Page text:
Analytics has been one of the most active areas of entrepreneurship in this past decade as data has exploded up and down the value chain.
This is an exciting journey of a company in the space.
Sramana Mitra: Let’s start at the beginning of your journey. Where are you from? Where were you born and raised? What kind of background did you have?
Derek Steer: My company Mode analytics is based in San Francisco. I’m a San Francisco native. I grew up here. I lived through the dotcom era, but as a kid, I didn’t experience it directly.
I have a lot of funny experiences with people that I meet regularly. They always ask about what it was like to go to the pier. A lot that I’ve gotten early on in life came from being around people who were in some way connected to the technology world whether their parents work in them or they are involved in it.
Sramana Mitra: Tell me about the chronology. When and where were you in school? When did you come out of school? This gives me an insight into what was happening in the industry when you came out of school.
Derek Steer: I went to Occidental College and I graduated in 2007, which was a better year to graduate than in 2008. I was fortunate enough in high school to study economics under a fantastic teacher who was known nationally. He was one of the folks who helped me write the economics AP tests. He was teaching his material and I realized in his class that economics spoke to me in terms of that way of thinking.
When I got to college, I majored in economics. I knew early on that that was what I wanted to do. When I graduated in 2007, I went on to work at an economic consulting firm that was analyzing anti-trust cases, mergers, and competitive dynamics, in particular, the impacts of events on the consumer.
This was when I started to learn a lot of data analysis skills that would eventually lead me to start Mode. It all happened not deliberately but as a happenstance by following the things that I enjoyed starting from high school and moving on.
Sramana Mitra: What did you do in 2007 when you came out of college?
Derek Steer: I worked with this boutique consulting firm where the partners of the firm were all former FCC and DOJ experts who were in many cases responsible for writing the law to assess whether a merger is going to be anti-competitive.
My job was as a consulting firm analyst, which is similar in many ways to any analyst job in the consulting world. The specific focus I had here though was working on big data sets. I was developing some statistical analysis skills.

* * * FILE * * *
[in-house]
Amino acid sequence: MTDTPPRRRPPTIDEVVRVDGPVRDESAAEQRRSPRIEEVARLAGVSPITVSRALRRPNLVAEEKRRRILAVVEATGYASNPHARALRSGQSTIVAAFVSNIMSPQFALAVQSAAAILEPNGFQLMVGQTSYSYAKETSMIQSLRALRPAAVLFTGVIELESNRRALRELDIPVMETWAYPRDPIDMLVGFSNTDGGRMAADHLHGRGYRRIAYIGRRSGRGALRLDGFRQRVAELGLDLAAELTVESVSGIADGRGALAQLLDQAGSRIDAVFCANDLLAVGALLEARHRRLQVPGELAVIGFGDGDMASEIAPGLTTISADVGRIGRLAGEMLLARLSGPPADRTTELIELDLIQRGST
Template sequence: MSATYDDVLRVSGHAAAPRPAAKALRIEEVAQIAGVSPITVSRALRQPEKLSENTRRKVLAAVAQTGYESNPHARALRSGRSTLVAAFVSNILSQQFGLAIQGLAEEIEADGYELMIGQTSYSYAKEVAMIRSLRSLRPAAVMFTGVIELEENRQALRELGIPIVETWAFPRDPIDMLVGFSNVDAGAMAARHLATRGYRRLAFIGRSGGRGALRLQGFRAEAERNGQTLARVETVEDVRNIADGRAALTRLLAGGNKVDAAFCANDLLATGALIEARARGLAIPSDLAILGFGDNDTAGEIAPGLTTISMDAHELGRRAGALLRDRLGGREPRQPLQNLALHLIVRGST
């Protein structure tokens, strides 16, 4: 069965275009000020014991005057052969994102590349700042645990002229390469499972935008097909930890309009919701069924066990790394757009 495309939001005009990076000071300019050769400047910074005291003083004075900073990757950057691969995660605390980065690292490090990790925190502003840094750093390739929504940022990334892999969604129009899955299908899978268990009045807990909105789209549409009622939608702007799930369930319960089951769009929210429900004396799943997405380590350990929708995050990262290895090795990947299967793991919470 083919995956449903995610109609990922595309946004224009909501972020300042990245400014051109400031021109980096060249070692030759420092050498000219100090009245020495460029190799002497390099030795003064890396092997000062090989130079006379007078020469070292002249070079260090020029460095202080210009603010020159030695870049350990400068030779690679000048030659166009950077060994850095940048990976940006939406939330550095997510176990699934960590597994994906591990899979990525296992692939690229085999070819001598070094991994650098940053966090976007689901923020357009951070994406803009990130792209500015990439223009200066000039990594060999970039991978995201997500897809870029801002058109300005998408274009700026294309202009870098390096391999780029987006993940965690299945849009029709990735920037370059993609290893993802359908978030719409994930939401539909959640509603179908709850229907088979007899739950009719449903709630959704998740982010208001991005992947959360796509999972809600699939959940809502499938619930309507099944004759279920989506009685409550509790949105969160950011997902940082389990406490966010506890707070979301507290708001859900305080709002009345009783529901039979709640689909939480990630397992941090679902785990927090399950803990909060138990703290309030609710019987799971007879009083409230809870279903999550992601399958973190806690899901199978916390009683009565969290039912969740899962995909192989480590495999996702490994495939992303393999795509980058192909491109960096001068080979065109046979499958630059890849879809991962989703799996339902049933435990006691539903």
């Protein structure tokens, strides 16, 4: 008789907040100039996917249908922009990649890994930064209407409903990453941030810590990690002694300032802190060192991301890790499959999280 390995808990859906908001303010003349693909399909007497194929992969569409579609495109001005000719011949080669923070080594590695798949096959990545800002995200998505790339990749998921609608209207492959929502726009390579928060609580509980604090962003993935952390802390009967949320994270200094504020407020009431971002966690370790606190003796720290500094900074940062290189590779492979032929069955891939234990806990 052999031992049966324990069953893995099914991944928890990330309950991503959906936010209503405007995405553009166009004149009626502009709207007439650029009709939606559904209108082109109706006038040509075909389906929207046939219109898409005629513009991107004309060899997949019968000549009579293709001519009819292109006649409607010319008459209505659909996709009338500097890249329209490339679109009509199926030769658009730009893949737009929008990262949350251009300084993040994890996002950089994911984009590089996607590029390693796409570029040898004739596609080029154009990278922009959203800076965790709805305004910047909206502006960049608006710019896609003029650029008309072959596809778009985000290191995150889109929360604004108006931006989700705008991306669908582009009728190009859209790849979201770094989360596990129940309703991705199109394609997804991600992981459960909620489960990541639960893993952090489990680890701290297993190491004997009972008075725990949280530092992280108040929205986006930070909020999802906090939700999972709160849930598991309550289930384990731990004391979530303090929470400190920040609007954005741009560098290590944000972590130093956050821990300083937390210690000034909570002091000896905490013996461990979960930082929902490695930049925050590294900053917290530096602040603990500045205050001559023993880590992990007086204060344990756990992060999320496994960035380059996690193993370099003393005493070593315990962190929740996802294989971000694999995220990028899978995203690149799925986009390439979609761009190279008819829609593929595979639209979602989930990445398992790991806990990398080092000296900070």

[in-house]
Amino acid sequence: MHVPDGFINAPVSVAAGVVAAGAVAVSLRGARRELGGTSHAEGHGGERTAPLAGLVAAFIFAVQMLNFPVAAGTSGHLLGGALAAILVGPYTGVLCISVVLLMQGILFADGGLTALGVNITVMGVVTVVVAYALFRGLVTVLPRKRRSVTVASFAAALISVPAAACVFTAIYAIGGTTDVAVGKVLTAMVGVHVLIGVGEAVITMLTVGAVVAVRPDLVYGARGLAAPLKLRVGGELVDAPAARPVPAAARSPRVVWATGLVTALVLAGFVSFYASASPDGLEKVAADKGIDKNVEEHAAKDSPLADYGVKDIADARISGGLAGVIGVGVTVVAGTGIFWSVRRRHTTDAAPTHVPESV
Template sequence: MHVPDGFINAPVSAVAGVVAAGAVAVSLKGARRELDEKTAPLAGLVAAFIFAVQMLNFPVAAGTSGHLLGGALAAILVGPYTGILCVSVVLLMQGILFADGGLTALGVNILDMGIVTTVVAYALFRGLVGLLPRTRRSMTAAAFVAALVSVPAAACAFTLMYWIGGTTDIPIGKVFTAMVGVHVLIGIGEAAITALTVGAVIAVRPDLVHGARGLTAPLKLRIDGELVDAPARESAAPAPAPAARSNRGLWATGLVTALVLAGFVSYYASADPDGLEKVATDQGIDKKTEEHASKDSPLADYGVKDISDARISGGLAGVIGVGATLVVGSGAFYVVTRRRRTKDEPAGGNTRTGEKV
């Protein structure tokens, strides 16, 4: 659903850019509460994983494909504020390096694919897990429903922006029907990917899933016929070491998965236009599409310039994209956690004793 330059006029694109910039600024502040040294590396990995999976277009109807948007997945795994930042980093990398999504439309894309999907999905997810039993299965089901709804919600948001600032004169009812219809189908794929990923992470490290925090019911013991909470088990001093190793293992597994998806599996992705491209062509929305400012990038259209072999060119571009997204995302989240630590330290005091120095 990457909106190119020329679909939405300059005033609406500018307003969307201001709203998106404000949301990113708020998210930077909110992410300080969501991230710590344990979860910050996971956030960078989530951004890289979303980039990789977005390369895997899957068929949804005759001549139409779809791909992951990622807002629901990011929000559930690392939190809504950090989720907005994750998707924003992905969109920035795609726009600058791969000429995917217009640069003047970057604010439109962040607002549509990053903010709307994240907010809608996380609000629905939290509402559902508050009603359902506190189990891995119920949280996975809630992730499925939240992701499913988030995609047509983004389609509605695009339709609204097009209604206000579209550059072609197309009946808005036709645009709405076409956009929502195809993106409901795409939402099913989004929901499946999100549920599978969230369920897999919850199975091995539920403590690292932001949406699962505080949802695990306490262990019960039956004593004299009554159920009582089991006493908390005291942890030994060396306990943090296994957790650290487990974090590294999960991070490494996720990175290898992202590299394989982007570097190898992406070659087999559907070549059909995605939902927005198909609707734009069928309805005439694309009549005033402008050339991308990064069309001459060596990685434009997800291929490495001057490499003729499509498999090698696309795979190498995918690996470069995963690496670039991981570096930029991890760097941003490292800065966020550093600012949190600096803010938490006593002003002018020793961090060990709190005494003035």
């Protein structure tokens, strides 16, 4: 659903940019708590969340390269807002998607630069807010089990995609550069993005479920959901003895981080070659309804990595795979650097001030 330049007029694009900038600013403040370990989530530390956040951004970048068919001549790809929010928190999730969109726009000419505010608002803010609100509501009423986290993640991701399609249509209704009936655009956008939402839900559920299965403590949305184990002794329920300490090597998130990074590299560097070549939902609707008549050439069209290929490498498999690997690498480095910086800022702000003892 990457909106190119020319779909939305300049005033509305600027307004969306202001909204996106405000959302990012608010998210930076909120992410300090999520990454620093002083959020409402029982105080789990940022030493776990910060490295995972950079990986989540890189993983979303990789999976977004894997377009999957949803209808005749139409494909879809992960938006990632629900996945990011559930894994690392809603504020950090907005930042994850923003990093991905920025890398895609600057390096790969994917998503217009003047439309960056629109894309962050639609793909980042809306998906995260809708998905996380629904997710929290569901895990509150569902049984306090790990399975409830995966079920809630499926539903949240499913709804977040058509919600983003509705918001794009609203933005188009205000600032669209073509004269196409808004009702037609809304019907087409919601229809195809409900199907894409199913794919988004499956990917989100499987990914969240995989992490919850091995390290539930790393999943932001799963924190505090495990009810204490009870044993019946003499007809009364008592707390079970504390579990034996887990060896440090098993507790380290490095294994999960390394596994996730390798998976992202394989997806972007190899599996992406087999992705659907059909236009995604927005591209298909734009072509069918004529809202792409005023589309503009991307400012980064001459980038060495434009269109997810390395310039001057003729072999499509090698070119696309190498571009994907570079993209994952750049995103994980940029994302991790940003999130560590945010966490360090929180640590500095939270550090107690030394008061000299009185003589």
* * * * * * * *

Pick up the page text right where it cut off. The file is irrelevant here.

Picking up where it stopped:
For example, I was doing an analysis on cross-elasticity in the breakfast cereal market to try to understand which breakfast cereals were most competitive with one another so that I could understand the effects of different pricing in that industry. Ultimately, that was going to get presented in court as part of some antitrust action.
Sramana Mitra: Interesting. You have a different kind of background. How long did this all last?
Derek Steer: I did it for three years, then I had an identity crisis which sounds funny to me in retrospect. I had thought that I was going to go down this traditional path. My parents drilled me into becoming a lawyer, doctor, banker, or some traditional profession that leaves you with a stable income.
I imagined that I would go on to business school, which seemed the most appealing option to me at that time, but after a few years as an analyst in consulting, I realized that this thing is not for me. I hoped that business school would be good but until business school, I was going to travel. I always wanted to ride my bicycle across the country. One day, I just quit my job. I’d saved enough money, so I was able to go and bike across the country, camped, and stayed at cheap hotels the whole way.
When I got back, a friend who had mentored me at the consulting firm said that he works at Facebook now. This was in 2010. If you imagine Facebook in that era, they were still competing with MySpace. It was very different from how we think about Facebook today.
My friend was on the analytics team on Facebook and he said that the stuff that they are doing there is really fun. Everyone is smart and fast-paced. I ended up going to work there for a short period of time. That was my introduction to tech.
Sramana Mitra: This brings us to 2010?
Derek Steer: Yes.
Sramana Mitra: What happens next?
Derek Steer: I went to Facebook with the idea of going to business school still in my head. I told my friend that I didn’t feel good about coming to this company and that I didn’t want to apply for a full-time job. I told him that I would be happy to do consulting work because I knew I wanted to leave in less than a year to go to business school. I arrived on the job at Facebook as a contractor. I was there every day, but I was technically hired as a contractor.
It was in the first month that I asked my manager to write me a recommendation to go to business school. I had put up a door from the moment that I got there, but as I started to hear back from business schools, I asked myself what I was working towards.
I think working at Facebook and the process of applying led me to question whether I wanted to go down that traditional path that my parents had drilled into me. It made me think that if I went to business school, I would still want to do this afterward so I thought that I should be thoroughly evaluating what my next steps are in the world of technology.
That led me to Yammer which was big at the time. It was fast-growing and really exciting. To this day, it remains one of the fastest SaaS companies. They were similar to Facebook in many ways because their products are similar, but it was an opportunity to join a smaller team that was fast-moving. I was able to directly apply the things that I learned at Facebook.